You have to be good at politics to do this

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So what have I learned after nearly four years of helping people to ‘step out’ of the public sector to set up new social businesses?  A series of 10 blog posts in 10 days…..

2.  You have to be good at politics to do this.

Even now, I am often taken aback by how easily a spin-out can be killed-off by internal public-sector nonsense that shouldn’t matter.   It’s not enough to have a business-plan that is AK-47-proof!   You also need to keep an unlikely alliance of politicians, managers, unions and users on side too.   Lose one group and the whole enterprise can be lost.   Time and again you see energy wasted on reassuring people in the council about their own long-term interests.  This is often means, paradoxically, that spinouts are less prepared for the real world than they need to be.    Once out, the real business plan has to be written which spells out how the new venture will meet the market, not the internal audience.

Leadership is everything

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So what have I learned after nearly four years of helping people to ‘step out’ of the public sector to set up new social businesses?  A series of 10 blog posts in 10 days…..

1.   Leadership is everything.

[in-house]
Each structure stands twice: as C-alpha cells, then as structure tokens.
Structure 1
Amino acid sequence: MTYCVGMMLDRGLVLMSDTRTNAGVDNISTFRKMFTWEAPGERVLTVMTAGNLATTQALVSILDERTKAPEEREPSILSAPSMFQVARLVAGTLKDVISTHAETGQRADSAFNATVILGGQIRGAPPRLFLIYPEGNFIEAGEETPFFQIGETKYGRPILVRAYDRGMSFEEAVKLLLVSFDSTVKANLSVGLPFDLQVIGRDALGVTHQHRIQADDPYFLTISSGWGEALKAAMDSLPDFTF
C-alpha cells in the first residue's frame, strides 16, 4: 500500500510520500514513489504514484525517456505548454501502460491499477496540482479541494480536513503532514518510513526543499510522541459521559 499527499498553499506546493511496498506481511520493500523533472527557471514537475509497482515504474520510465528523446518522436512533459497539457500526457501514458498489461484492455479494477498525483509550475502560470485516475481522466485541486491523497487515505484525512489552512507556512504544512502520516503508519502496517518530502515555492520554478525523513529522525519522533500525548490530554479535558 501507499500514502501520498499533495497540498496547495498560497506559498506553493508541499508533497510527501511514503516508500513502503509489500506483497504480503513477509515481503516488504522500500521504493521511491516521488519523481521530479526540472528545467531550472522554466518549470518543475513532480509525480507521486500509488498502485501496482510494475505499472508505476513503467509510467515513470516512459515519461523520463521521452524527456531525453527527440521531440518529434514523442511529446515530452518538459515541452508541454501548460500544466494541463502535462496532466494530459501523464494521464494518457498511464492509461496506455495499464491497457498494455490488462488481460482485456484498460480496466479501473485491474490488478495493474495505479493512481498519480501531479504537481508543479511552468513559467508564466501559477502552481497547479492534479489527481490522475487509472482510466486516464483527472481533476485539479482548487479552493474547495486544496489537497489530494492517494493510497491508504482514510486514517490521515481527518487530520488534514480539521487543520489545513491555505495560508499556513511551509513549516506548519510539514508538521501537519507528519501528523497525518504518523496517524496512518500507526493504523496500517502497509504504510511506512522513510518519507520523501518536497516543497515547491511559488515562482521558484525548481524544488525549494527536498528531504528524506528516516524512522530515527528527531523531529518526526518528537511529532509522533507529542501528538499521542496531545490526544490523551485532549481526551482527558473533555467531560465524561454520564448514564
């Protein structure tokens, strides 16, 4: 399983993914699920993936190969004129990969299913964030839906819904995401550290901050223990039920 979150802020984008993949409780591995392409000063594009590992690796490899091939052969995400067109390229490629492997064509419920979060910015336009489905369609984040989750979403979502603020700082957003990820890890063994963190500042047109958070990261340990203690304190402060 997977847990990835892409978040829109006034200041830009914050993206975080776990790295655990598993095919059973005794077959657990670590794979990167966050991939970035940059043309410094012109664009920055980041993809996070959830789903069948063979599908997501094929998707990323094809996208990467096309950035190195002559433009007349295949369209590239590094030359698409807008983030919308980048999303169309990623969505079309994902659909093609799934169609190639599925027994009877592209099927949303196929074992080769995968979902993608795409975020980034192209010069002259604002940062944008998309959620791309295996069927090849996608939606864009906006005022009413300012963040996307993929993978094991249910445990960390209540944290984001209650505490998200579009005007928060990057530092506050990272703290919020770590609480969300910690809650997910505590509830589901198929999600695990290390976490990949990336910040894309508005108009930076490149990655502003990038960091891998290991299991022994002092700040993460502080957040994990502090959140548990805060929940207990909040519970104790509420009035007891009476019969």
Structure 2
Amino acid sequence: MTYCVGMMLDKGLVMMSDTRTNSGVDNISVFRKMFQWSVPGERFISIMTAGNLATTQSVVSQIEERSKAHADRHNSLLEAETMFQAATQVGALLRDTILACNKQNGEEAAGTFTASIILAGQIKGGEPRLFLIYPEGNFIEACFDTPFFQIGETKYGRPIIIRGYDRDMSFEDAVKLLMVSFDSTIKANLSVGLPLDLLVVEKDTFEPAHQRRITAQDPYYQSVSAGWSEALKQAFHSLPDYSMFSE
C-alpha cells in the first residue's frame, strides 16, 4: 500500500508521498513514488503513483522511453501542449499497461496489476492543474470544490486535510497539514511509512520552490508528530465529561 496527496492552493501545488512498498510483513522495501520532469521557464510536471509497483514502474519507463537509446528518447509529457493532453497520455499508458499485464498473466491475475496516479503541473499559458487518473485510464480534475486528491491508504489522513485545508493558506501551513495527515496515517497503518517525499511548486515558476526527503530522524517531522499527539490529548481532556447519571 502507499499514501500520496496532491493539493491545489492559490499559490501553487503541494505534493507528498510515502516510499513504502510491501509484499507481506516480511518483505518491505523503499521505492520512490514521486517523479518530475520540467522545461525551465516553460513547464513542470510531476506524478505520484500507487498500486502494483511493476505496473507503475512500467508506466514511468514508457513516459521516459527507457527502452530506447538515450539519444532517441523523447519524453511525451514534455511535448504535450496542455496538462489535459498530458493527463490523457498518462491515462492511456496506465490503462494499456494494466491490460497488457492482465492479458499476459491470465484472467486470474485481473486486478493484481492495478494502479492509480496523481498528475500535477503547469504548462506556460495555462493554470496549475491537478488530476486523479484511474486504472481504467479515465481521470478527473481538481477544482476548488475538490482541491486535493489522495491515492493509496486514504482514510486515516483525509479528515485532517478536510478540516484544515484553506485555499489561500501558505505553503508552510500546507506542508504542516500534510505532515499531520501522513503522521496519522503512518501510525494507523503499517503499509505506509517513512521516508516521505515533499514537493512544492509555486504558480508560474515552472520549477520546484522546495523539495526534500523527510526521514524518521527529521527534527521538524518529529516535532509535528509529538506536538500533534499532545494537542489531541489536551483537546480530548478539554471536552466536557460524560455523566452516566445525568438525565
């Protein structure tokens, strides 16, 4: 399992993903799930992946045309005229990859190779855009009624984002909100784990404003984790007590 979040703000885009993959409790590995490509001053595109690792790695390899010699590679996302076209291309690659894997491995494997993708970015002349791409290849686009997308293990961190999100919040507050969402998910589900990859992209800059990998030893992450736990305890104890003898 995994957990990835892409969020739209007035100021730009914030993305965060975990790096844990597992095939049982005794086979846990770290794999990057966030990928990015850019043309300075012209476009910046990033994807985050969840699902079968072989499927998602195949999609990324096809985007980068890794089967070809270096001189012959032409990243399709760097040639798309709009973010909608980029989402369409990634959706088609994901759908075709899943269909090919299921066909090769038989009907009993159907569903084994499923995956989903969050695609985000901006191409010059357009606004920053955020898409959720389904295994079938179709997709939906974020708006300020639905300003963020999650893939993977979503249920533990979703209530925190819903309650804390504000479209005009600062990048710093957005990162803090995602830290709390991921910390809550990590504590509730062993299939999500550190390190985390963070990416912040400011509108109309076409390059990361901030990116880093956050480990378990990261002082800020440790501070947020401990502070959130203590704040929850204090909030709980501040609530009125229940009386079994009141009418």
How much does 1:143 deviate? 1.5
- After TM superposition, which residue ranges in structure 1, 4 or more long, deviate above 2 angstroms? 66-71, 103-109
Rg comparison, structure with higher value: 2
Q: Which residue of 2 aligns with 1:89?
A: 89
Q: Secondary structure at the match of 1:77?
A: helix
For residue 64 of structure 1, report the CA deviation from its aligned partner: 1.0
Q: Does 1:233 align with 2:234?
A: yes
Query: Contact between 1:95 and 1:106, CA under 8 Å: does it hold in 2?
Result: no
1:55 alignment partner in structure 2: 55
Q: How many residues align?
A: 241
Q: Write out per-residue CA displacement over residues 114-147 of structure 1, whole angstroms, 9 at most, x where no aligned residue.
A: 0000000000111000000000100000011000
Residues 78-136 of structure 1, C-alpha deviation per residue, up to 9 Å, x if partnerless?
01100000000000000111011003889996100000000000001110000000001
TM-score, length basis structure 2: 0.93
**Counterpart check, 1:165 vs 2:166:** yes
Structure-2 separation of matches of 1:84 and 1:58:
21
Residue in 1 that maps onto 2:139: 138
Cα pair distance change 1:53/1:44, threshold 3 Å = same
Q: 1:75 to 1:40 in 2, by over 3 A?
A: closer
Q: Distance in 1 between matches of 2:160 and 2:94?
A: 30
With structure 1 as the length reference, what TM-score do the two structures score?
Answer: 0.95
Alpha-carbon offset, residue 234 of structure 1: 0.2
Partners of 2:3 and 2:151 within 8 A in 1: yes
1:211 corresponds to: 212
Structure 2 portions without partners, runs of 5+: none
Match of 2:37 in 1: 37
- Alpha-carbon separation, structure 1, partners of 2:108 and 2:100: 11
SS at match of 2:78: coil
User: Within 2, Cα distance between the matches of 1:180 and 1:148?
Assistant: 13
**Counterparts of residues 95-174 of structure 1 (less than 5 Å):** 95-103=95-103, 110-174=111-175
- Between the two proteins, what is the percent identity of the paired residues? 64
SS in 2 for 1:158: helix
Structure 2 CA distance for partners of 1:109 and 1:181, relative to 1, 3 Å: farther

Behind nearly all spinouts is an exceptional individual who has made it their mission.    Without this ‘Superhero’, things tend to fizzle out very quickly.    When asked to work on an emergent spinout my first question is ‘Who is going to lead this?’.   Without a determined figurehead, it’s very difficult, as an adviser, to have an impact.   This is because public sector organizations have a gravitational pull towards the status quo.  To counter this you need the electrical charge of a Managing Director-in-waiting.   Timely support and mentoring of this person is, in my experience as important to success in spinouts as it is to any early business.   Leading an early business is like a long hike in a desert. You need a guide in the form of a mentor.   Funding is needed for the mentoring and personal development of the leader, as much, if not more than the technical aspects of their journey such as legal and financial work.

 

To Grow or Not to Grow – That is the Question

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Every now and again I come across spin-out businesses that don’t want to grow.

The conversation normally runs along the lines of ‘We want to focus on what we are doing and not get pulled out of shape trying to grow’.

On one level, there is some sense as a spinout  in securing your beachhead  before marching your troops into new terrain.   You need time to draw breath.   And, after all, a poorly organised landing leaves you exposed and unready for the next big drive.